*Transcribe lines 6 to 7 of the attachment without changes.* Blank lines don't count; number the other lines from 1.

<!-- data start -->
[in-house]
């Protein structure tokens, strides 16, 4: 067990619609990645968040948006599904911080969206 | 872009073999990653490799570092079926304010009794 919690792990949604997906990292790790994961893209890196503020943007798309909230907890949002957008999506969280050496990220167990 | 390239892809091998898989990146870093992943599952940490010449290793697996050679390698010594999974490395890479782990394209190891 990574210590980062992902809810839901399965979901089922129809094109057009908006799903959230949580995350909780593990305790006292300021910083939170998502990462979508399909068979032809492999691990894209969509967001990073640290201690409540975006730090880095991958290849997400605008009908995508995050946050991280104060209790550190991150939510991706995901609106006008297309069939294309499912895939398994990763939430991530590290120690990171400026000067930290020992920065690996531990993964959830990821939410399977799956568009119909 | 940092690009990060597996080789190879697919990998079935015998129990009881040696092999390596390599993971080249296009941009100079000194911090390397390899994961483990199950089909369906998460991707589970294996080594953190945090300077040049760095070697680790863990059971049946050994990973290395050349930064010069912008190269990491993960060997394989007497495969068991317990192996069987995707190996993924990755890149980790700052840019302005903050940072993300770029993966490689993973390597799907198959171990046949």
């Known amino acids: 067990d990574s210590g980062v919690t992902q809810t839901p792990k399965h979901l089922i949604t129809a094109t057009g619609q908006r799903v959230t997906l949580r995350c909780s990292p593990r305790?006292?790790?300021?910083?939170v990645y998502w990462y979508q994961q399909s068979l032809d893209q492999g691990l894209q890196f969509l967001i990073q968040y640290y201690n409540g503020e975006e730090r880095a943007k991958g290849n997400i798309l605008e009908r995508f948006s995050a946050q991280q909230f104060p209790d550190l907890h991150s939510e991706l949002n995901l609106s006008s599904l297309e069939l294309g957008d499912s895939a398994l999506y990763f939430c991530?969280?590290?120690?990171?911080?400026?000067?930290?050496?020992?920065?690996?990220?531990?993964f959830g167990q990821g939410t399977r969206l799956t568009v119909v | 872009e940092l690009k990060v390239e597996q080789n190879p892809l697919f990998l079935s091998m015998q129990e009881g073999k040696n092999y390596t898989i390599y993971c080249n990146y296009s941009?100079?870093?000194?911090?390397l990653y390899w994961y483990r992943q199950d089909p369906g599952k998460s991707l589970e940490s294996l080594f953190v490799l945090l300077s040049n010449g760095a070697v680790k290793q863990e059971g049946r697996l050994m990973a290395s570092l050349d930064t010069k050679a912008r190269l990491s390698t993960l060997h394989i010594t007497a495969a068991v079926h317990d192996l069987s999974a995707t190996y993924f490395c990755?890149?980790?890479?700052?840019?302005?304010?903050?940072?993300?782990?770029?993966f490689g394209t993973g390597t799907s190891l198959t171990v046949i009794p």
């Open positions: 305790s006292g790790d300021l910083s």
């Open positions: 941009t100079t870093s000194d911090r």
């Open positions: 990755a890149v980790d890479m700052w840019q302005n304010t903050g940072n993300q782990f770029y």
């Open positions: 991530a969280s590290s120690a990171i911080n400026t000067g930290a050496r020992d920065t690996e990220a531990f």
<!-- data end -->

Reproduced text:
């Open positions: 990755a890149v980790d890479m700052w840019q302005n304010t903050g940072n993300q782990f770029y």
């Open positions: 991530a969280s590290s120690a990171i911080n400026t000067g930290a050496r020992d920065t690996e990220a531990f």